In January, Representative Elijah Cummings (D-Md.) proposed a bill (H.R. 1233) that was recently signed by President Obama (on November 26th).  One significant change has to do with the definition of public records, a power that is now vested in the Archivist of the United States (AOTUS):

“The Archivist’s determination whether recorded information . . . is a record . . . shall be binding on all Federal agencies.”

This is a significant change from allowing Federal agencies to determine for themselves whether materials are appropriate to be preserved.  In writing about this bill, Douglas Cox, an attorney and Associate Law Library Professor at the City University of New York School of Law offered this analysis:

“To be clear, the Archivist neither has the funding, nor the personnel, nor the appetite to look over the shoulder of every federal employee to micromanage whether each email is, or is not, a record, but this bill, once signed by the President, will give the Archivist an important power that should not be left to rot on the vine.”

In the press release from the National Archives and Records Administration, there is no emphasis given to this new power granted to the Archivist of the United States, so it will be interesting to follow the progress of how AOTUS exercises this new authority.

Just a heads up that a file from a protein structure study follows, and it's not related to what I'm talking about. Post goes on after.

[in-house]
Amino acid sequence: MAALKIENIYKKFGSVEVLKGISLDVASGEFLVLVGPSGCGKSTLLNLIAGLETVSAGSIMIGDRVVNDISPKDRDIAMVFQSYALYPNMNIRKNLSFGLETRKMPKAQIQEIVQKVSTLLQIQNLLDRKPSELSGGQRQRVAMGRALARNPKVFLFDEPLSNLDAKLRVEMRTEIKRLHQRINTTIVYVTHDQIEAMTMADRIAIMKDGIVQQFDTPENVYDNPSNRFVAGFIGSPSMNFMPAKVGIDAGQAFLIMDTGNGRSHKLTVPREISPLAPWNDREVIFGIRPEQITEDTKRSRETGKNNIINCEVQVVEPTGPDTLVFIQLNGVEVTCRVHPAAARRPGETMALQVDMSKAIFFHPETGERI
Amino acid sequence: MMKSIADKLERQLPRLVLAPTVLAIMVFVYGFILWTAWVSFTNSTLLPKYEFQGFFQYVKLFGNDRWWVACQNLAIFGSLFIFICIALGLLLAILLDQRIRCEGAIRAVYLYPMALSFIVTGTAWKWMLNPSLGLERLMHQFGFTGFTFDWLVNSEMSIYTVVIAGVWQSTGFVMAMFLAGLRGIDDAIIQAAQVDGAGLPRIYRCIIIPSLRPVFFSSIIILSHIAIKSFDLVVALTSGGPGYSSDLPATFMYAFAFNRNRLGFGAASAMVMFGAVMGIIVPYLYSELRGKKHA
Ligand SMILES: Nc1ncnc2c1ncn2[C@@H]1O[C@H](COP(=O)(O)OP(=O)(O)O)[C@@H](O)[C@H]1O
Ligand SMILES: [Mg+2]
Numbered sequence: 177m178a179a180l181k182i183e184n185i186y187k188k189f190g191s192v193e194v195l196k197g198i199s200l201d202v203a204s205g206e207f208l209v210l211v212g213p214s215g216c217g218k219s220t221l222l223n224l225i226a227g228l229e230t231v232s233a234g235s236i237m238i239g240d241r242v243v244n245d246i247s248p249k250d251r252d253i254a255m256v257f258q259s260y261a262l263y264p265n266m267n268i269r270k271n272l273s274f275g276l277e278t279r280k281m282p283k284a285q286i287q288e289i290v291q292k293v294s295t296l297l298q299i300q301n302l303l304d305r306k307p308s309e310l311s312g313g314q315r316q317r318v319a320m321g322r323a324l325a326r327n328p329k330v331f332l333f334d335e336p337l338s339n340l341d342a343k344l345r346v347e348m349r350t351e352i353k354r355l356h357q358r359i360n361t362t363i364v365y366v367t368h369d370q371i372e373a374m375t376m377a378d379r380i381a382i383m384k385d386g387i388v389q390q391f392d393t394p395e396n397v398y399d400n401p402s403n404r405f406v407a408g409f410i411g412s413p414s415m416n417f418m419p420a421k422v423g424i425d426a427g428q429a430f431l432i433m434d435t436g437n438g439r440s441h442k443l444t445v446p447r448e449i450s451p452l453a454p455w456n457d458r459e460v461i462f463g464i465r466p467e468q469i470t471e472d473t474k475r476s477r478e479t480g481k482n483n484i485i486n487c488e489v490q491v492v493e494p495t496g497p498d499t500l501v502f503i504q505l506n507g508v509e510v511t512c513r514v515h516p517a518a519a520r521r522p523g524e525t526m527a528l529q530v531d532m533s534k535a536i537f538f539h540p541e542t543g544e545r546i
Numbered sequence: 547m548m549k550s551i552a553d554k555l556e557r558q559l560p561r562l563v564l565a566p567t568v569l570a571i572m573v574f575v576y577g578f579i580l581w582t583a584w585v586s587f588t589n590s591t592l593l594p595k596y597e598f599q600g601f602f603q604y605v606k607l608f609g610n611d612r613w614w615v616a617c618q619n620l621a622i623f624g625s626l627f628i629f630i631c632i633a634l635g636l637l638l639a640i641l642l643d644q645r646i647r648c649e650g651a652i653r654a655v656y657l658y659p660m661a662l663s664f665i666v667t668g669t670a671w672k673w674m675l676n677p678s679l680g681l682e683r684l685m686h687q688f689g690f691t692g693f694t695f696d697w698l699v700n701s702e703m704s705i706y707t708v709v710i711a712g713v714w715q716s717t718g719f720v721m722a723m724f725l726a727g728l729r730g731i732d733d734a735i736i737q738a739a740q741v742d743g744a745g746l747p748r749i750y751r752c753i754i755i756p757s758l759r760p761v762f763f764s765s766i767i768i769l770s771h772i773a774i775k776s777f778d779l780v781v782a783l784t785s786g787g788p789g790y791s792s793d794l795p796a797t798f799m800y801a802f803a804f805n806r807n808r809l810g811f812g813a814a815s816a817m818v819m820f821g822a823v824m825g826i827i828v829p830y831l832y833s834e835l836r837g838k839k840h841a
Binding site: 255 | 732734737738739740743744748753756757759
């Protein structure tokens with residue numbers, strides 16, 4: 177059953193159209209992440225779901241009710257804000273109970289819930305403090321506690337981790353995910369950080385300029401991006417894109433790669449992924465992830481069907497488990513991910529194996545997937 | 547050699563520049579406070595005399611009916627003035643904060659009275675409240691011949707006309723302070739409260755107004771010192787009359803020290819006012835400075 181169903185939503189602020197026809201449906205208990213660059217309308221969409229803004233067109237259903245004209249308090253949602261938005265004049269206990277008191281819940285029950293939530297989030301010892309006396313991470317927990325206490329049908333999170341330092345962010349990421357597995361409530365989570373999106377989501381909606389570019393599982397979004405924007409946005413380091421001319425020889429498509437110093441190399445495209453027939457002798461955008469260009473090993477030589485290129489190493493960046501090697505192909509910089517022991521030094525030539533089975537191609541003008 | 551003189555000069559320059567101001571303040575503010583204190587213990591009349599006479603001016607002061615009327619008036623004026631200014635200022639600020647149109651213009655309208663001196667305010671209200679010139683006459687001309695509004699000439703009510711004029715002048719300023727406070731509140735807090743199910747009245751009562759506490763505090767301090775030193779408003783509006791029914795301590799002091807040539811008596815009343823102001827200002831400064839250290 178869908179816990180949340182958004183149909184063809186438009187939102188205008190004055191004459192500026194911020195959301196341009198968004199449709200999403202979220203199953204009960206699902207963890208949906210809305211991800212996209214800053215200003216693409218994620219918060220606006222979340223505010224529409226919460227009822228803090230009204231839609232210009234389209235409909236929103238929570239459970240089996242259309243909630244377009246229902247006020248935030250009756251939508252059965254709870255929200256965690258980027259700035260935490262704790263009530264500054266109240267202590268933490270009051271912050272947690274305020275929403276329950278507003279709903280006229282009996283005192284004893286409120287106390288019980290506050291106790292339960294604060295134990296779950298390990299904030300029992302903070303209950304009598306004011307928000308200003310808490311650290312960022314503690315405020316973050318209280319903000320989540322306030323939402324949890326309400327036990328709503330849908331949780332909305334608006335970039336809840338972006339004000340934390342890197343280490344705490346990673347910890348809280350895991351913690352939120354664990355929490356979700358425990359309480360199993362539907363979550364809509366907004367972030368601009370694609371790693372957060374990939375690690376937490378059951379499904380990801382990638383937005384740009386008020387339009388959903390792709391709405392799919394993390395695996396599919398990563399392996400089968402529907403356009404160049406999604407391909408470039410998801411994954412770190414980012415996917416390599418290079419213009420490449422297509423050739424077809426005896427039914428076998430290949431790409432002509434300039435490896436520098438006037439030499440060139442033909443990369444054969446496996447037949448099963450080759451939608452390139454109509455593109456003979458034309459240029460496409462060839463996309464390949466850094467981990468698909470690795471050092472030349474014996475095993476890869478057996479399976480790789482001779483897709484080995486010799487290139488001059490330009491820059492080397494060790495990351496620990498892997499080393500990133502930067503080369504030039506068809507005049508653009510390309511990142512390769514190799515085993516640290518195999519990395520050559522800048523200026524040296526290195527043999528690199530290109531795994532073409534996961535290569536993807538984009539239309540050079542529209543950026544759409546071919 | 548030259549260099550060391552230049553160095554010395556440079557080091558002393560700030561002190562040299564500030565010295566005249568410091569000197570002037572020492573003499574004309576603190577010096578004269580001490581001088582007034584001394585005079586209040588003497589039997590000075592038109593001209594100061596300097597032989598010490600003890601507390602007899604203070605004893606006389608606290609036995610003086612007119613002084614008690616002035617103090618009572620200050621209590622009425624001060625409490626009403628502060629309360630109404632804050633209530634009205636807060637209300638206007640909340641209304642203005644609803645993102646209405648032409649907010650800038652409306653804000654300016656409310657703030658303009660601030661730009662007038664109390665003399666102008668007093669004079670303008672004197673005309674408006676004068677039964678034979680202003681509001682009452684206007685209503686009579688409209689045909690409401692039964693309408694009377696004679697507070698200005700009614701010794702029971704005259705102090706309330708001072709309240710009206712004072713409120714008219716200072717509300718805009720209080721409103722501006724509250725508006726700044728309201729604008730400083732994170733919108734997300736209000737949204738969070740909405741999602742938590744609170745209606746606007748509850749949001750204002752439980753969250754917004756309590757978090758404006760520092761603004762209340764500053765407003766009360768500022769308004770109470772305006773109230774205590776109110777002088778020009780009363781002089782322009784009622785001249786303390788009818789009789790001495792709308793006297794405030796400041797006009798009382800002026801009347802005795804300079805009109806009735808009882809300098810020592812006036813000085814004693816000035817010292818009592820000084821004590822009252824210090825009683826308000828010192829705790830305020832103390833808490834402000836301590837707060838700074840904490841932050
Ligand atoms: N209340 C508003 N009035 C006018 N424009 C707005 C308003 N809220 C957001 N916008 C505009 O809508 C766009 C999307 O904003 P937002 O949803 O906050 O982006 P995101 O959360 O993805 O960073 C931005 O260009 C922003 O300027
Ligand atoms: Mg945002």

This new law will also change the process of releasing the papers of former presidents, providing 60 days for review and allowing only one extension of 30 days.  This provision should dramatically alter the landscape of presidential documents that become public twelve years after the conclusion of an administration.

One other interesting provision mandates that emails that government employees send regarding government business must be preserved by official records systems, even if the emails originate in private accounts.  Of course, the mechanics for accomplishing this directive are not clear.  Another point to watch in the future.

 

 

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